Re: SDI was Re: Expanding the "United States of America"

Date: Thu Jul 19 2001 - 12:32:41 MDT

I wrote
>The point of a defensive system in a military theater is as you describe.
>The point of a population defense system against WoMD has to be to stop
>or probably all incoming missiles. If you stop 90% of 20 missiles, the
>threat has not been countered. replied:
> That doesn't have to be the point of a population defense system.
> Stopping a single accidentally launched missile doesn't sound like a
> frivolous goal.

While not frivolous, it doesn't remove the threat. If someone tries for
nuclear blackmail, (or wants to take vengence on civilians) being able to
stop 90% of their missiles won't stop them if they have a few. And while
it would reduce the casualties, it wouldn't reduce the value of the threat,
or significantly reduce the quality of the revenge.

As you reinforce, the value does depend on what the goals of the defender
are. I'll admit that Redell & Nelson's points (on which I base most of my
arguments) were rooted in cold war strategies, which assumed that the
opponents were armed, dangerous, and willing to fire if the value of their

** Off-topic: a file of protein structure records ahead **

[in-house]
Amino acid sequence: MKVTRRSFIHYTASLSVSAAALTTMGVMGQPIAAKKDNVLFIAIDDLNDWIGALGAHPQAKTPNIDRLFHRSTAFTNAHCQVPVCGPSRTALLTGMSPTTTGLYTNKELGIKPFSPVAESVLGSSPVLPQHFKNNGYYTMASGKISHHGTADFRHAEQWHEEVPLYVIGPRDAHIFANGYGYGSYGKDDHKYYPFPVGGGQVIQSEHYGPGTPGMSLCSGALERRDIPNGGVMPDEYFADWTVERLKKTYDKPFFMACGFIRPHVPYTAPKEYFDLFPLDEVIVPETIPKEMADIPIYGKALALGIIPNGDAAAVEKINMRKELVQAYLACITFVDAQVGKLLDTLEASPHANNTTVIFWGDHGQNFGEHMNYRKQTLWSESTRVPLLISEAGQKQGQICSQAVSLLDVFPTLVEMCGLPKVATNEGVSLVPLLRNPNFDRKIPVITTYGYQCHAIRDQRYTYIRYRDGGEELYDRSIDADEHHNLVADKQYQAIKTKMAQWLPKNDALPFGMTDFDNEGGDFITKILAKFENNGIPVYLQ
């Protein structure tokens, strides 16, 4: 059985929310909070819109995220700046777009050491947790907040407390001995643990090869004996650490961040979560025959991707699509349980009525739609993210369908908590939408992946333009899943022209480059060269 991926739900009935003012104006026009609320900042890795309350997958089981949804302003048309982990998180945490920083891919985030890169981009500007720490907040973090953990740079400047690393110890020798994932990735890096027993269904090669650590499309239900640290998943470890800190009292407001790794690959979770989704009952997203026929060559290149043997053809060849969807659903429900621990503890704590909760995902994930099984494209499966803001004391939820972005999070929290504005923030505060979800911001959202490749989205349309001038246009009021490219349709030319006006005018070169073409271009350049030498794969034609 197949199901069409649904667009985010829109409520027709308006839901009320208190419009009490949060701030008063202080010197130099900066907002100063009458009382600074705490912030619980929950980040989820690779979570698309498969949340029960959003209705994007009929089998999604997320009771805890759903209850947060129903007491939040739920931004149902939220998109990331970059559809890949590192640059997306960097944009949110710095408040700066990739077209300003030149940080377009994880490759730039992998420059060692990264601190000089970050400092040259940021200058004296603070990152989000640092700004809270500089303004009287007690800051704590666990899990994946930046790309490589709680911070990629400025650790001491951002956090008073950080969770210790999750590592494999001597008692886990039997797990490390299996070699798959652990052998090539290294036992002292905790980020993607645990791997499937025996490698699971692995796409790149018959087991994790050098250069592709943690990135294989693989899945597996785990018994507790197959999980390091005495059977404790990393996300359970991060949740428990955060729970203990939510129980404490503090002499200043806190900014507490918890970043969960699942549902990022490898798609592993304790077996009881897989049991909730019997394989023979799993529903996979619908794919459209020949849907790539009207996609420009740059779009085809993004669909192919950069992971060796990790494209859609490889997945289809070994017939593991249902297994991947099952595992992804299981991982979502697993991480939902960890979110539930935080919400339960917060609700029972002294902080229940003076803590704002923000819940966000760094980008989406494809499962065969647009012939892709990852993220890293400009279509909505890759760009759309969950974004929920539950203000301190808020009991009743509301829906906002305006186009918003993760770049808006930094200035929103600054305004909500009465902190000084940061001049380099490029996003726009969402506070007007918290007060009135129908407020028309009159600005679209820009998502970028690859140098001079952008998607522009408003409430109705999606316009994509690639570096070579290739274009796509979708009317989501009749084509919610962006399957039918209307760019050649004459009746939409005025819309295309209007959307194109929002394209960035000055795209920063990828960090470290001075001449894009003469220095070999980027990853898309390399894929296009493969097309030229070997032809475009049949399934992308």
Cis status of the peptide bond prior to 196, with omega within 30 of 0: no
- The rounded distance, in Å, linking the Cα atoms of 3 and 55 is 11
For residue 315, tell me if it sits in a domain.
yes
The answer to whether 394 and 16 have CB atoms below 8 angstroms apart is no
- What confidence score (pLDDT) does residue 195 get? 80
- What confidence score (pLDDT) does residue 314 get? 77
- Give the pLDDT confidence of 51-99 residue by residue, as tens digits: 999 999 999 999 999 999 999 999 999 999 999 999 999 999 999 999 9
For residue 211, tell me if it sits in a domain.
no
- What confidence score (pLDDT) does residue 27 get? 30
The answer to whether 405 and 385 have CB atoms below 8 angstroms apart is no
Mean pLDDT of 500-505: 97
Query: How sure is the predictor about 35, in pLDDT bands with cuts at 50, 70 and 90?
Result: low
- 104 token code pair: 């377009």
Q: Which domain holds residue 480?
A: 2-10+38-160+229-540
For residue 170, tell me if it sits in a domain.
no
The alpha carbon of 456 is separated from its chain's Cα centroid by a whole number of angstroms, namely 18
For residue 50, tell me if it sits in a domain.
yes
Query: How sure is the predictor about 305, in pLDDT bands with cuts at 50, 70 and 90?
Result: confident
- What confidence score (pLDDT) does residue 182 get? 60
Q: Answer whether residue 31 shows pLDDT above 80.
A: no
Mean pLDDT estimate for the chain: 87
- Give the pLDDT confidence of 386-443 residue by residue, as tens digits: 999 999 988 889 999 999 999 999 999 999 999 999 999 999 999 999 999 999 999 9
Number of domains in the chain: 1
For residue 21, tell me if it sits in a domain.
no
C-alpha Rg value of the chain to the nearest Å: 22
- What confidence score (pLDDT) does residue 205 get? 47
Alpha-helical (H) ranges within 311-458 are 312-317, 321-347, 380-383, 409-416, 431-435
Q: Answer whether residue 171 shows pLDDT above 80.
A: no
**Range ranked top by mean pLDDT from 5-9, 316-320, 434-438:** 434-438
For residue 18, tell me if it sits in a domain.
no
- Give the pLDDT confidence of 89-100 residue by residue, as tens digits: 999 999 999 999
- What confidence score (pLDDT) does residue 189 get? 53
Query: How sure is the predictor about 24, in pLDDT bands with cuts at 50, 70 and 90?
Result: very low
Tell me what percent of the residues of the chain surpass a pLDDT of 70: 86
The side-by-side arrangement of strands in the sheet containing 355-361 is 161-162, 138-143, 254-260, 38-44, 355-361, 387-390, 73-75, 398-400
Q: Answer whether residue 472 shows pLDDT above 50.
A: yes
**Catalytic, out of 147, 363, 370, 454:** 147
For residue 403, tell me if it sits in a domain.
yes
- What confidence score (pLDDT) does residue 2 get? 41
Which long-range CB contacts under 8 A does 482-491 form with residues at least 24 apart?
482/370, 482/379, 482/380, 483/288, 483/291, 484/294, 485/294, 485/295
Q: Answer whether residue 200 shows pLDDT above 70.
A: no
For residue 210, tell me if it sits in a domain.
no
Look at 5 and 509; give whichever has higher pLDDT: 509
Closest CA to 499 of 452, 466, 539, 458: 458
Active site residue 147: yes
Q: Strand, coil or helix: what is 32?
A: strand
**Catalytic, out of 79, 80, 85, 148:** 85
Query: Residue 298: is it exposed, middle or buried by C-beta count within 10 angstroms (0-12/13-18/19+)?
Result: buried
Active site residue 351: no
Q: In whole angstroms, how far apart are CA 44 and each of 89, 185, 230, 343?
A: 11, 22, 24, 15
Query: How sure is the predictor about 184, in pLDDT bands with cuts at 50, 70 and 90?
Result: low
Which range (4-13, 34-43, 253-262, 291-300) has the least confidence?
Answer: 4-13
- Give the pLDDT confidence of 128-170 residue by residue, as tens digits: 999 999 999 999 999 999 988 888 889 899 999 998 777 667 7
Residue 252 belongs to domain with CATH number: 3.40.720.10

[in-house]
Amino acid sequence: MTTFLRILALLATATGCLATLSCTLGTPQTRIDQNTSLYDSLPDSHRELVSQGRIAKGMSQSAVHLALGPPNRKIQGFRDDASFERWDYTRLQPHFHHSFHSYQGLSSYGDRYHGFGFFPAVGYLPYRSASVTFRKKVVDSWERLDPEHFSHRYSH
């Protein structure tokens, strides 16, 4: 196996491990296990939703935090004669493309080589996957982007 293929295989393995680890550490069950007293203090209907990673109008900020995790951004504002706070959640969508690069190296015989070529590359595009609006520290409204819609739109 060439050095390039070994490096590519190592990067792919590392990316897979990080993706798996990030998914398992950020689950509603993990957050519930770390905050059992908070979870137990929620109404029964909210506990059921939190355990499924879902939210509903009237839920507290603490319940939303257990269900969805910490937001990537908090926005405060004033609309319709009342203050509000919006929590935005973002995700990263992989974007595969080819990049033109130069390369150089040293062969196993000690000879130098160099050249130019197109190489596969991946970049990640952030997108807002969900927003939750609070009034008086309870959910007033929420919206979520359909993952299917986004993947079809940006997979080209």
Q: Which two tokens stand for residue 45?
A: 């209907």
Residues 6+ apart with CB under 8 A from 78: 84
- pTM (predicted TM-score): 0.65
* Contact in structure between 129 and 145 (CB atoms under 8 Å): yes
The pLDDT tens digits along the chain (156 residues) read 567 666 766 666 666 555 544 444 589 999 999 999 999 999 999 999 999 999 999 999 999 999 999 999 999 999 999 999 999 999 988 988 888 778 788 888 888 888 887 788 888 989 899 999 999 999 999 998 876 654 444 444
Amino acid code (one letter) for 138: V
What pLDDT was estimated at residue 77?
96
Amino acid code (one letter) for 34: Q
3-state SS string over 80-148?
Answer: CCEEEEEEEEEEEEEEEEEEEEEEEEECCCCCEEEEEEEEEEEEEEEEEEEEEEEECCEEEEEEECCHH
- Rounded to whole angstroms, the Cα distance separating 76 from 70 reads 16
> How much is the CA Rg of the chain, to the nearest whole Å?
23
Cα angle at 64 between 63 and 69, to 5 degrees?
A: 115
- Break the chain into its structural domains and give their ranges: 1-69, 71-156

arsenal was threatened. In that situation, working toward population
defense undercut the value of the the oponent's arsenal, moving him closer
to firing preemptively. The current level of relative peace does change
the strategies.

That said, there are still many cases in which having a not-perfect
defensive shield encourages attacks, and many in which it encourages
potential attackers to invest in an arms race. I haven't seen anything in
this discussion to make me think we're much closer than 20 years to
creating a near perfect interdiction system given the approaches SDI
considers. If we (the gov't) save the billions of dollars that SDI
proposes to spend on deploying partially effective systems in the short
term, we (the people) will have more money to spend developing technologies
that may make this whole approach obsolete.


             C. J. Cherryh, "Invader", on why we visit very old buildings:
                         "A sense of age, of profound truths.  Respect for 
Chris Hibbert        something hands made, that's stood through storms and   wars and time.  It persuades us that things we do may
                                                         last and matter."
Yahoo Instant Message: ag_cth

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